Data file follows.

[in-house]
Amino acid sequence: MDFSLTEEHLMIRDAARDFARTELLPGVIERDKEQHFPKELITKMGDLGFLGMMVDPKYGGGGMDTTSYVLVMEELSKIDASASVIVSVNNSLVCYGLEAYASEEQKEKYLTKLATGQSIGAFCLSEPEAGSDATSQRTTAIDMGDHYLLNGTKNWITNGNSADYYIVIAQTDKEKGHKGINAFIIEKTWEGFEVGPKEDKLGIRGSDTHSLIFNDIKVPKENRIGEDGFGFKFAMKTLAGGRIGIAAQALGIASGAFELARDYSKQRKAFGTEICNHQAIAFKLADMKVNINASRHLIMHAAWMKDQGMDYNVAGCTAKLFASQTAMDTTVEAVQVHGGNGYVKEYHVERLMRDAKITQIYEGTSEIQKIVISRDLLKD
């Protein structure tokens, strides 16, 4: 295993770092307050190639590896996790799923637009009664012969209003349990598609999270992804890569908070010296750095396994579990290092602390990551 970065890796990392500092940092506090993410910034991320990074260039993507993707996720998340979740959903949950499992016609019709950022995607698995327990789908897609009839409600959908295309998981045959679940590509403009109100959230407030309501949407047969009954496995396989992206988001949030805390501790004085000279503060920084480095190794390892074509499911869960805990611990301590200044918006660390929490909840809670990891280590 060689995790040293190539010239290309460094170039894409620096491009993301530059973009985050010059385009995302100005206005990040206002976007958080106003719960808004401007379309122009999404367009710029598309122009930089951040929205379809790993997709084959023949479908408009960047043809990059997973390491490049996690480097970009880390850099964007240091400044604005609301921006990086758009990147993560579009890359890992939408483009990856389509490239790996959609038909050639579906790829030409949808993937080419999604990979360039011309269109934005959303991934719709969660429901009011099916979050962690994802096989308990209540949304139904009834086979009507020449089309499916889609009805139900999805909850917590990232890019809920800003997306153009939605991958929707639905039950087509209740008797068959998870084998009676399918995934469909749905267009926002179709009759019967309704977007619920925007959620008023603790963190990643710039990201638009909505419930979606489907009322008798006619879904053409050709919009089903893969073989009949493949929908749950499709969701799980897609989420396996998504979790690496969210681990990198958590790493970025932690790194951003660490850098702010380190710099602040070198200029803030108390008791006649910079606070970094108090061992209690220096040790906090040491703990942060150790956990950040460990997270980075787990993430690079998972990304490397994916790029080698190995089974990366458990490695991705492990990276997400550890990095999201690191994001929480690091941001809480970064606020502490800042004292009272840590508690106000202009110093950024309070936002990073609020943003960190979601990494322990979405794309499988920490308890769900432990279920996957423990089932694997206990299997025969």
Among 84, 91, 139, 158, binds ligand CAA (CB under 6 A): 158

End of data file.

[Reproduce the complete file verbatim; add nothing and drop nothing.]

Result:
[in-house]
Amino acid sequence: MDFSLTEEHLMIRDAARDFARTELLPGVIERDKEQHFPKELITKMGDLGFLGMMVDPKYGGGGMDTTSYVLVMEELSKIDASASVIVSVNNSLVCYGLEAYASEEQKEKYLTKLATGQSIGAFCLSEPEAGSDATSQRTTAIDMGDHYLLNGTKNWITNGNSADYYIVIAQTDKEKGHKGINAFIIEKTWEGFEVGPKEDKLGIRGSDTHSLIFNDIKVPKENRIGEDGFGFKFAMKTLAGGRIGIAAQALGIASGAFELARDYSKQRKAFGTEICNHQAIAFKLADMKVNINASRHLIMHAAWMKDQGMDYNVAGCTAKLFASQTAMDTTVEAVQVHGGNGYVKEYHVERLMRDAKITQIYEGTSEIQKIVISRDLLKD
């Protein structure tokens, strides 16, 4: 295993770092307050190639590896996790799923637009009664012969209003349990598609999270992804890569908070010296750095396994579990290092602390990551 970065890796990392500092940092506090993410910034991320990074260039993507993707996720998340979740959903949950499992016609019709950022995607698995327990789908897609009839409600959908295309998981045959679940590509403009109100959230407030309501949407047969009954496995396989992206988001949030805390501790004085000279503060920084480095190794390892074509499911869960805990611990301590200044918006660390929490909840809670990891280590 060689995790040293190539010239290309460094170039894409620096491009993301530059973009985050010059385009995302100005206005990040206002976007958080106003719960808004401007379309122009999404367009710029598309122009930089951040929205379809790993997709084959023949479908408009960047043809990059997973390491490049996690480097970009880390850099964007240091400044604005609301921006990086758009990147993560579009890359890992939408483009990856389509490239790996959609038909050639579906790829030409949808993937080419999604990979360039011309269109934005959303991934719709969660429901009011099916979050962690994802096989308990209540949304139904009834086979009507020449089309499916889609009805139900999805909850917590990232890019809920800003997306153009939605991958929707639905039950087509209740008797068959998870084998009676399918995934469909749905267009926002179709009759019967309704977007619920925007959620008023603790963190990643710039990201638009909505419930979606489907009322008798006619879904053409050709919009089903893969073989009949493949929908749950499709969701799980897609989420396996998504979790690496969210681990990198958590790493970025932690790194951003660490850098702010380190710099602040070198200029803030108390008791006649910079606070970094108090061992209690220096040790906090040491703990942060150790956990950040460990997270980075787990993430690079998972990304490397994916790029080698190995089974990366458990490695991705492990990276997400550890990095999201690191994001929480690091941001809480970064606020502490800042004292009272840590508690106000202009110093950024309070936002990073609020943003960190979601990494322990979405794309499988920490308890769900432990279920996957423990089932694997206990299997025969």
Among 84, 91, 139, 158, binds ligand CAA (CB under 6 A): 158